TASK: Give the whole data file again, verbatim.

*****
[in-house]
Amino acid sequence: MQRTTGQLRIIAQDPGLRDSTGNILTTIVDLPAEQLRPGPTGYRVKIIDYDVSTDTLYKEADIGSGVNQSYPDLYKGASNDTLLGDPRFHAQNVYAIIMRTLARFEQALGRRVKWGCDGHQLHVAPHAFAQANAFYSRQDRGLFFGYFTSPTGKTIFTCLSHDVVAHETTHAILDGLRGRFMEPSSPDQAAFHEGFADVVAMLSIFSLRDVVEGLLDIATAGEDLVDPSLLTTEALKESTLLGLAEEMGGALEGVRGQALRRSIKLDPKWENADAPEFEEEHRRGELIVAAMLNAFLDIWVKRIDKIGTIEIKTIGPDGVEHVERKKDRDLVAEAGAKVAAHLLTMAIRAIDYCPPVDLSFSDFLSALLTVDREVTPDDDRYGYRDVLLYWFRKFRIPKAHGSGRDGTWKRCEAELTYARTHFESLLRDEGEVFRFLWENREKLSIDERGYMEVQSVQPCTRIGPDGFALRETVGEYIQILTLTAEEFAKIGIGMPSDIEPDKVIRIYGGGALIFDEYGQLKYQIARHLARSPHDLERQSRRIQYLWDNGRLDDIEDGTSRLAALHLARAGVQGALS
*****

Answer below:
[in-house]
Amino acid sequence: MQRTTGQLRIIAQDPGLRDSTGNILTTIVDLPAEQLRPGPTGYRVKIIDYDVSTDTLYKEADIGSGVNQSYPDLYKGASNDTLLGDPRFHAQNVYAIIMRTLARFEQALGRRVKWGCDGHQLHVAPHAFAQANAFYSRQDRGLFFGYFTSPTGKTIFTCLSHDVVAHETTHAILDGLRGRFMEPSSPDQAAFHEGFADVVAMLSIFSLRDVVEGLLDIATAGEDLVDPSLLTTEALKESTLLGLAEEMGGALEGVRGQALRRSIKLDPKWENADAPEFEEEHRRGELIVAAMLNAFLDIWVKRIDKIGTIEIKTIGPDGVEHVERKKDRDLVAEAGAKVAAHLLTMAIRAIDYCPPVDLSFSDFLSALLTVDREVTPDDDRYGYRDVLLYWFRKFRIPKAHGSGRDGTWKRCEAELTYARTHFESLLRDEGEVFRFLWENREKLSIDERGYMEVQSVQPCTRIGPDGFALRETVGEYIQILTLTAEEFAKIGIGMPSDIEPDKVIRIYGGGALIFDEYGQLKYQIARHLARSPHDLERQSRRIQYLWDNGRLDDIEDGTSRLAALHLARAGVQGALS